At the start of a normal fall semester, students would be bustling to class, cars would be racing to find a parking spot and professors would be greeting students in a lecture hall. Needless to say, fall 2020 will be much different. As you begin to navigate the world of virtual instruction and prepare for class meetings, we’re here to help you find something that you might be currently lacking: motivation.

With only 239 classes approved for in-person instruction, the majority of Cal State Fullerton’s student population will face schedules based entirely on virtual learning. While the prospect of learning from home seems wonderful — wearing pajamas to class, sleeping in and napping during breaks — the absence of a steady school routine can cause students to feel unmotivated. This guide includes tips to help you create a positive home environment that fosters motivation and a strong work ethic for the start of online classes.

Invest in a Planner

Not only do students have to worry about online classes and assignments, but many Titans will also continue participating with campus organizations, work and other activities online. Instead of trying to track all of these responsibilities on your own, consider investing in a planner for the 2020-21 school year.

Don’t feel pressured to buy something extravagant or break the bank, and consider purchasing a simple one. The most important part of this is how you use the planner. This tool should relieve the pressure of trying to remember everything on your own. A simple 5-by-8 inch planner is $7.99 on Amazon.

It can be difficult to recall dates, especially when you’re hearing most of them through emails or Zoom meetings, and a planner can ensure that all the important dates are accounted for. To help prepare you for any important dates, make it a habit to write down anything you need to do in a checklist. The satisfaction of marking an assignment as complete will not only track your progress, but it will also motivate you to keep working on unfinished items.

For an extra level of organization, consider color-coding your agendas. Using colored pens for different responsibilities will create a visual aesthetic that can gauge which activity will require most of your time during the week.

Create a Workspace

Whether it’s wanting to climb into bed, getting distracted by roommates or taking another snack break, working from home poses a multitude of challenges that compromise your ability to focus. For this, try to establish a set work environment that alienates you from possible distractions. This could be a desk in a bedroom, an office space or a quiet outdoor area.

The purpose of this space is to act as a classroom setting where you would be expected to focus, work and learn. When you’re in this space, minimize distractions by putting your phone in another room, leaving the TV off and giving your full attention to your work for a set amount of time.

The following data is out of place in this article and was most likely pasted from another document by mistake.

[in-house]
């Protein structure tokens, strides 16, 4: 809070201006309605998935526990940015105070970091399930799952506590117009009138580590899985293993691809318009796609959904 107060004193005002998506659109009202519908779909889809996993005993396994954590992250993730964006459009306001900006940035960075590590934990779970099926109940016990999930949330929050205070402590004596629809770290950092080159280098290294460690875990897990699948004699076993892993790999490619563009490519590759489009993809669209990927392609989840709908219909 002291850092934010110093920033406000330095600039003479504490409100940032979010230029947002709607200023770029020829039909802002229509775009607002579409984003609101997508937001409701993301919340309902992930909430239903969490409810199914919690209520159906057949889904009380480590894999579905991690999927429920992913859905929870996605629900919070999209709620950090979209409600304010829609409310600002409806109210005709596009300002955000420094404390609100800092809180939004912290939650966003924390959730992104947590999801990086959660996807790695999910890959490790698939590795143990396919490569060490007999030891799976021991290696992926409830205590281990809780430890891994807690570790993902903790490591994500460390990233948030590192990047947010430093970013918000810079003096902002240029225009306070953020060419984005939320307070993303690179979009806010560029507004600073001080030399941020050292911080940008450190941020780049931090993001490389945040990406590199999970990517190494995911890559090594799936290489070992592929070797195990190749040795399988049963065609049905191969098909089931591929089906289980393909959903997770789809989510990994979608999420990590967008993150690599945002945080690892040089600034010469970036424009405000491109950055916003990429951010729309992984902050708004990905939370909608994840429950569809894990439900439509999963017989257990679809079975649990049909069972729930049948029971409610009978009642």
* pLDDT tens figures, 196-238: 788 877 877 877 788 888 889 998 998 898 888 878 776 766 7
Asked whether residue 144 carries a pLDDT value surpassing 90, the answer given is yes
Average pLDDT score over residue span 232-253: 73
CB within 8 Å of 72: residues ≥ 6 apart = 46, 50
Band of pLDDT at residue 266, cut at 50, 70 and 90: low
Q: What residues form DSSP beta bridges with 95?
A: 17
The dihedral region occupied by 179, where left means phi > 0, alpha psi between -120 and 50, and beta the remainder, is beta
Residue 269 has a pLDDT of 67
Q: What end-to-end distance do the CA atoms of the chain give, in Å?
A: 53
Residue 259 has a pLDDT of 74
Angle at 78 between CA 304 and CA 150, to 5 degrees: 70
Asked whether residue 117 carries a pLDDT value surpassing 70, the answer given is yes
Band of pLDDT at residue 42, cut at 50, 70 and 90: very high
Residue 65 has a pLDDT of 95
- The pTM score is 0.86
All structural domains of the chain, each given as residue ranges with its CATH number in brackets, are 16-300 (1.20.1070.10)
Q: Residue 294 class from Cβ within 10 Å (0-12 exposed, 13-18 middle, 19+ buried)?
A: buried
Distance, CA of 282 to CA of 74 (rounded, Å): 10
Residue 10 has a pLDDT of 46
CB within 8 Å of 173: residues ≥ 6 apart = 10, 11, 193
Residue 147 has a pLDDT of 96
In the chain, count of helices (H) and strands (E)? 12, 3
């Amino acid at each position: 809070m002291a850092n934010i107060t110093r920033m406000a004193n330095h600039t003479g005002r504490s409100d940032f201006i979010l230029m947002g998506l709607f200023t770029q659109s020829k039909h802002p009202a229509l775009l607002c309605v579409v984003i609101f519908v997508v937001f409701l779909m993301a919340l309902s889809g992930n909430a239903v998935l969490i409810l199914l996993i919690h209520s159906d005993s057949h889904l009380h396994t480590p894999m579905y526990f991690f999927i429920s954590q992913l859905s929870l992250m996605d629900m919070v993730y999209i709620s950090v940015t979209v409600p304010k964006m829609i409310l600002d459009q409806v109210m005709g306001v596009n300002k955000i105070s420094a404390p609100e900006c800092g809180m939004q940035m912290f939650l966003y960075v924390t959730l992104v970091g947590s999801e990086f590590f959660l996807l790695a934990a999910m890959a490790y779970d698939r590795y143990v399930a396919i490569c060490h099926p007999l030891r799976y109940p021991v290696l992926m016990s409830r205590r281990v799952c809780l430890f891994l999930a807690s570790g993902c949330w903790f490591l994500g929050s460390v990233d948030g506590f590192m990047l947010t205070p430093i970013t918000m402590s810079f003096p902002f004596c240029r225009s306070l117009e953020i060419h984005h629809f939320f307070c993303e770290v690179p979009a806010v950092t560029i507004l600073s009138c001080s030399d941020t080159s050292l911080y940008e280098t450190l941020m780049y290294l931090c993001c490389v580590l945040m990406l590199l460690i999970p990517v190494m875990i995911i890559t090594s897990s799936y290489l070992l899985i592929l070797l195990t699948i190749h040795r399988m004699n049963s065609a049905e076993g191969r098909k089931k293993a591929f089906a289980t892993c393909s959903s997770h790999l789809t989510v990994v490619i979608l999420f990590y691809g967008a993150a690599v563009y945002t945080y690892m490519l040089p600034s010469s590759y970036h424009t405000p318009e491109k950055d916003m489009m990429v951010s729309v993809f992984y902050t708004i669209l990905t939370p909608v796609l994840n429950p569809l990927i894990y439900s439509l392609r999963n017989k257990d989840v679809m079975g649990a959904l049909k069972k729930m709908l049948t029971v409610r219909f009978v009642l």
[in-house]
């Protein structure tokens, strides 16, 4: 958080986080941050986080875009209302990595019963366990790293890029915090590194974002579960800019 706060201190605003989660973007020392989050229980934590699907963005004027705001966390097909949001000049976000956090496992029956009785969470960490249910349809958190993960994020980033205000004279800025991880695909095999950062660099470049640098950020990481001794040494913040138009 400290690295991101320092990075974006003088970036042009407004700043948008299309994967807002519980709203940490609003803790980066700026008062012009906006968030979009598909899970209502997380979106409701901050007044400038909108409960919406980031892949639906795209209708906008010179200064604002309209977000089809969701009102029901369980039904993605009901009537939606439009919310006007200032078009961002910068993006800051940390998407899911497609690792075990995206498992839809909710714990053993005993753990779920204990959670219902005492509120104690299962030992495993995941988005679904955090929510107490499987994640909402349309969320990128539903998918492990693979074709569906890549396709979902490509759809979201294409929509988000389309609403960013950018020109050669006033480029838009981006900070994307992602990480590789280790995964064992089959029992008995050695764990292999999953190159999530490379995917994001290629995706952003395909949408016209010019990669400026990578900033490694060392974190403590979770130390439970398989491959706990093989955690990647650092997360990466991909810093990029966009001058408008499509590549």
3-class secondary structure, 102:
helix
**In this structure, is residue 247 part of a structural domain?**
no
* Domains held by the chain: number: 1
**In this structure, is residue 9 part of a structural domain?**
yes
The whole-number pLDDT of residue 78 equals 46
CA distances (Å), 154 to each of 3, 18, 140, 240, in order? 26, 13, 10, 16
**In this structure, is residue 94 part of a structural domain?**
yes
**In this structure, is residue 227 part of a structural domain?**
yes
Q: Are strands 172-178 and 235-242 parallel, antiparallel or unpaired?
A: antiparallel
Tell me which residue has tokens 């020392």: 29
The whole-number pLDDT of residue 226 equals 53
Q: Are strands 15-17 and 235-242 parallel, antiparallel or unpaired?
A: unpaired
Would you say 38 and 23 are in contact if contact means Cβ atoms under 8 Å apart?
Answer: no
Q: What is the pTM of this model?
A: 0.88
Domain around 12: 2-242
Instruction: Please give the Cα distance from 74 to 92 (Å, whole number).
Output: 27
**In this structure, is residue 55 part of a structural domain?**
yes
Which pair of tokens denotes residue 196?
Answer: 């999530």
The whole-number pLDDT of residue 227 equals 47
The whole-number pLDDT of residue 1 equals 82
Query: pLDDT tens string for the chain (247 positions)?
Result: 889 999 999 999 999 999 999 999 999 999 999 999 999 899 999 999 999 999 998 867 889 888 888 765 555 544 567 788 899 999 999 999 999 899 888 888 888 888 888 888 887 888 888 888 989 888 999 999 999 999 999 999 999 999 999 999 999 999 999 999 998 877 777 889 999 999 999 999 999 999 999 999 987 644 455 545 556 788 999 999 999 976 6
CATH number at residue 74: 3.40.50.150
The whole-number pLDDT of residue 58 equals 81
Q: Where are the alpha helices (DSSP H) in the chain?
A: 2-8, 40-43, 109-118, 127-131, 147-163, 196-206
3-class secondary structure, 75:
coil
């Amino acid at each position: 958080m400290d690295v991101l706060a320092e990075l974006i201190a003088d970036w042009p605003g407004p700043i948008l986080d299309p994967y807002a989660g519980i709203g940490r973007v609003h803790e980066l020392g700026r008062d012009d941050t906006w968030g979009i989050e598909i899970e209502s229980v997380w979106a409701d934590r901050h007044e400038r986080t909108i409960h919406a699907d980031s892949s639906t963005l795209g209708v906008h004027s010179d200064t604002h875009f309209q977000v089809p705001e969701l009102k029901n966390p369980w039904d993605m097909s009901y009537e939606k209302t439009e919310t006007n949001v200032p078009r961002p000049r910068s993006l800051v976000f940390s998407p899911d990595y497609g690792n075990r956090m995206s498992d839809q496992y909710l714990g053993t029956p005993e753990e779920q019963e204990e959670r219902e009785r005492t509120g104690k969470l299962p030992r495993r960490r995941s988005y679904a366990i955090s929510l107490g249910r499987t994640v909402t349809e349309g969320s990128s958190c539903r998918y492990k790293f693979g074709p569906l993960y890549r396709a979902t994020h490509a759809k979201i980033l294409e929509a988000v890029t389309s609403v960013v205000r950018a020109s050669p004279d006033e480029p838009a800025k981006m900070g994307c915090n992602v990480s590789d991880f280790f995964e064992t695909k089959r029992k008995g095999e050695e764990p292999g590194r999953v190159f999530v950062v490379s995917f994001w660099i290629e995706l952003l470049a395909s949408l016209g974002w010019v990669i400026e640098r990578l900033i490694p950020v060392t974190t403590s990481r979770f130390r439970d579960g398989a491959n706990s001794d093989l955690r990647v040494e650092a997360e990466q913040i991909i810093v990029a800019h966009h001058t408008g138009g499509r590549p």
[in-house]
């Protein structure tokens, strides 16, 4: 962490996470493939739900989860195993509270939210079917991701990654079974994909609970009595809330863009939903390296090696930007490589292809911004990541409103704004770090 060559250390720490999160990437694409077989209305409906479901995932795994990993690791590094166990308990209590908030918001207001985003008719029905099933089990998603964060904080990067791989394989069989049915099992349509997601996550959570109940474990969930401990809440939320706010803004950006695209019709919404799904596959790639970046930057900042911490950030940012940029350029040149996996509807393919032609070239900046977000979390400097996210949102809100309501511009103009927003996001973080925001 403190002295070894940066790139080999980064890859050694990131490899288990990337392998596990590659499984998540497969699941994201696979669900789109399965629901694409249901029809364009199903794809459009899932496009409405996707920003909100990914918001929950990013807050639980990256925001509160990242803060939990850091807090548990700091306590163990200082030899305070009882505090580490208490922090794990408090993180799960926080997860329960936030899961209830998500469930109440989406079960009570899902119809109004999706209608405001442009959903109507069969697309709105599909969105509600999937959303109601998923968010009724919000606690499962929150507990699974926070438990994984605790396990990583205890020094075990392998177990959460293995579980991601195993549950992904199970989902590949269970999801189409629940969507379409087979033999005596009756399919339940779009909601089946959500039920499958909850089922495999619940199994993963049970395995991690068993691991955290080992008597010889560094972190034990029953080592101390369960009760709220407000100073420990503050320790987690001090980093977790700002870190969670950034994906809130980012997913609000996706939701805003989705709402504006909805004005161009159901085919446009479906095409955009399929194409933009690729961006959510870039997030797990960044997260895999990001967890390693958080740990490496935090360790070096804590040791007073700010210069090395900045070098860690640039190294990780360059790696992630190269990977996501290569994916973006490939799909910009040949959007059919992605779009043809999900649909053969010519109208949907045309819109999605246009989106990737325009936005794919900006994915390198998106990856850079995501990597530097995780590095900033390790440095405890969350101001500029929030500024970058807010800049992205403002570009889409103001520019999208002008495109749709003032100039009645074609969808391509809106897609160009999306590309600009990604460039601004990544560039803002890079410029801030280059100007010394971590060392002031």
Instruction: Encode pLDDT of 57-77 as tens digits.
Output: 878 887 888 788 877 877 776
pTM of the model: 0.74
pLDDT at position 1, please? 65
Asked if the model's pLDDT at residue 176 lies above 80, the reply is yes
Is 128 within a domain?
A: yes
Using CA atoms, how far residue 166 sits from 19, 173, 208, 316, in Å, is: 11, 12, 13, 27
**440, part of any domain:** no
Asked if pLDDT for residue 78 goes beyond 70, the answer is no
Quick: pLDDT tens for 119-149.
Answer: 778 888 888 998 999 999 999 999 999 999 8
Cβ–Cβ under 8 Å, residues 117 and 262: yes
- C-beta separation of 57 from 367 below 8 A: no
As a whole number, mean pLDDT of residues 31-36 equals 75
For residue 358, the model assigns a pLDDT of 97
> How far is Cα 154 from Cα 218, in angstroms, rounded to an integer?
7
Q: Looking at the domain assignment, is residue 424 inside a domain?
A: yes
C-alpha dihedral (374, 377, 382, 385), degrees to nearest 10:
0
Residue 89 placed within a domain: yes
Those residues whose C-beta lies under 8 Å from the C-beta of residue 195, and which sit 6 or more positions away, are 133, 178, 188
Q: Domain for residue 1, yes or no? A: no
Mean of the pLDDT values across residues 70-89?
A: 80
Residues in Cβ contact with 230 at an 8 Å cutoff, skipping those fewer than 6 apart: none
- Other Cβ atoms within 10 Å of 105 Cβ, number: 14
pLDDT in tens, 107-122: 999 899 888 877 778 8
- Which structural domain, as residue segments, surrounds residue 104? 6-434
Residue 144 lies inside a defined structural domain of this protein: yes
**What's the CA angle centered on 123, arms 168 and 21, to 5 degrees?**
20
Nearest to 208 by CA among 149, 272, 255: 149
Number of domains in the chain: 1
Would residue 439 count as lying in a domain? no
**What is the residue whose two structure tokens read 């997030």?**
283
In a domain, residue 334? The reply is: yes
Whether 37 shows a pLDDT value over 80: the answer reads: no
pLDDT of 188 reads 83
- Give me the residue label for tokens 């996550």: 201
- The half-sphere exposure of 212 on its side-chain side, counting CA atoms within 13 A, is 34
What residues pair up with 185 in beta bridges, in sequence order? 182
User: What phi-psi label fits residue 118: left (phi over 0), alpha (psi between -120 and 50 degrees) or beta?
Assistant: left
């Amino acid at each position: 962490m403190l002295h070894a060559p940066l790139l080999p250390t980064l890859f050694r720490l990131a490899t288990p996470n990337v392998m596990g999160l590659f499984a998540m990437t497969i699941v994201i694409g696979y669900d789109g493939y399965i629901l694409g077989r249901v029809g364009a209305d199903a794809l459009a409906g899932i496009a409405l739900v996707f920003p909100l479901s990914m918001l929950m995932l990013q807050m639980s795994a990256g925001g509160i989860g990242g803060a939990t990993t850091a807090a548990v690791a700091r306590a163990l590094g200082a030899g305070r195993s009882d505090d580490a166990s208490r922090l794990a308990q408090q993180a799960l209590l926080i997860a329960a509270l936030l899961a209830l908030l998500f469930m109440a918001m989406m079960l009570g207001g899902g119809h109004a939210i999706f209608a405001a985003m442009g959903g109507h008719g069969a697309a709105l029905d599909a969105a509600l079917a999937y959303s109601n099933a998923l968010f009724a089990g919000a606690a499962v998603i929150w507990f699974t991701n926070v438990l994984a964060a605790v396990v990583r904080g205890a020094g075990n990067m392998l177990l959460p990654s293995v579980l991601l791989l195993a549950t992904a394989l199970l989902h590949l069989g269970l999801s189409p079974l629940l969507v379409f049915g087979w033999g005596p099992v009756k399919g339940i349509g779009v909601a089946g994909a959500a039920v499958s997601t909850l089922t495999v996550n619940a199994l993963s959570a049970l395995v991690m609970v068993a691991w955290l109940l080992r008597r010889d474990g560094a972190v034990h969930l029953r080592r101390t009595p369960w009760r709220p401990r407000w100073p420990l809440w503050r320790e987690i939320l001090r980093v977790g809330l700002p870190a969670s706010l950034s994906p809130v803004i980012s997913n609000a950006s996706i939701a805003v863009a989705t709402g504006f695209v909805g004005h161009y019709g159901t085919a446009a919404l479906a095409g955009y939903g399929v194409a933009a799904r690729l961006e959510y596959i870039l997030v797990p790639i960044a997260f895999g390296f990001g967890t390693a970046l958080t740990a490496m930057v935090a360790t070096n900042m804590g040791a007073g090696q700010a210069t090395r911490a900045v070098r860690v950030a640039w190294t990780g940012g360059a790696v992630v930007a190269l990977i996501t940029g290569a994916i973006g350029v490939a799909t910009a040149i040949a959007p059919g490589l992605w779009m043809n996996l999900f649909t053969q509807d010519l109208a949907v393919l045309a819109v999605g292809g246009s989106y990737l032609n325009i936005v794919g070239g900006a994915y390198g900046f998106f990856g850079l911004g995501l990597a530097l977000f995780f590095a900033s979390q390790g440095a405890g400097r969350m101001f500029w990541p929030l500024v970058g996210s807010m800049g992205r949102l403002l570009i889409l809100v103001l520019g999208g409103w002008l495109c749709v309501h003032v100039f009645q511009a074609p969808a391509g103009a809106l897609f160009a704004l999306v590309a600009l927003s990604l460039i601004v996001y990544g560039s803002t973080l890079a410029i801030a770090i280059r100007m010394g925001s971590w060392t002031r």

Establish a Routine

As a student, you might be used to following a routine when you’re on campus. Virtual instruction should mean that you change your routine, not lose it. Focus on creating a unique routine for yourself. This will establish a sense of normalcy while also motivating you to stay on top of your daily responsibilities.

Consider waking up at a certain time every day during the week, getting ready for the day and scheduling times to take breaks. Use the extra time you have to get a good night’s sleep every night or decide when you want to take lunch breaks. This weekly routine will mimic a regular school routine, and the structure will give you motivation to get through each day with a purpose.

Set Goals and Plan Ahead

No goal is too big or too small. Instead of blindly working throughout the day, set goals for yourself. You might want to have an assignment done before lunch or watch a lecture before class. Writing goals down and checking them off will motivate you to keep going while also highlighting any progress you’ve made.

Instead of tackling a big assignment at the end of the semester, plan ahead and separate the assignment into smaller sections that you can work on at your own pace. Set realistic goals, and hold yourself accountable for the things you want to achieve. You can do it, and reaching that goal will be worth the work.

Remember to Reward Yourself

While virtual instruction may come with a few setbacks, it also has its perks. For example, you’re in your own home, so don’t be afraid to reward yourself for all of your hard work. You might take a nap once you’ve finished your homework, a 30-minute Netflix break after watching all of your lectures or even talk with your roommates or phone a friend.

Most importantly, motivation begins with positive self-care and good mental health. These tips will help set you on the right track, but remember to be kind to yourself. You are capable of handling anything that virtual instruction throws at you. You just have to be willing to take the first step.

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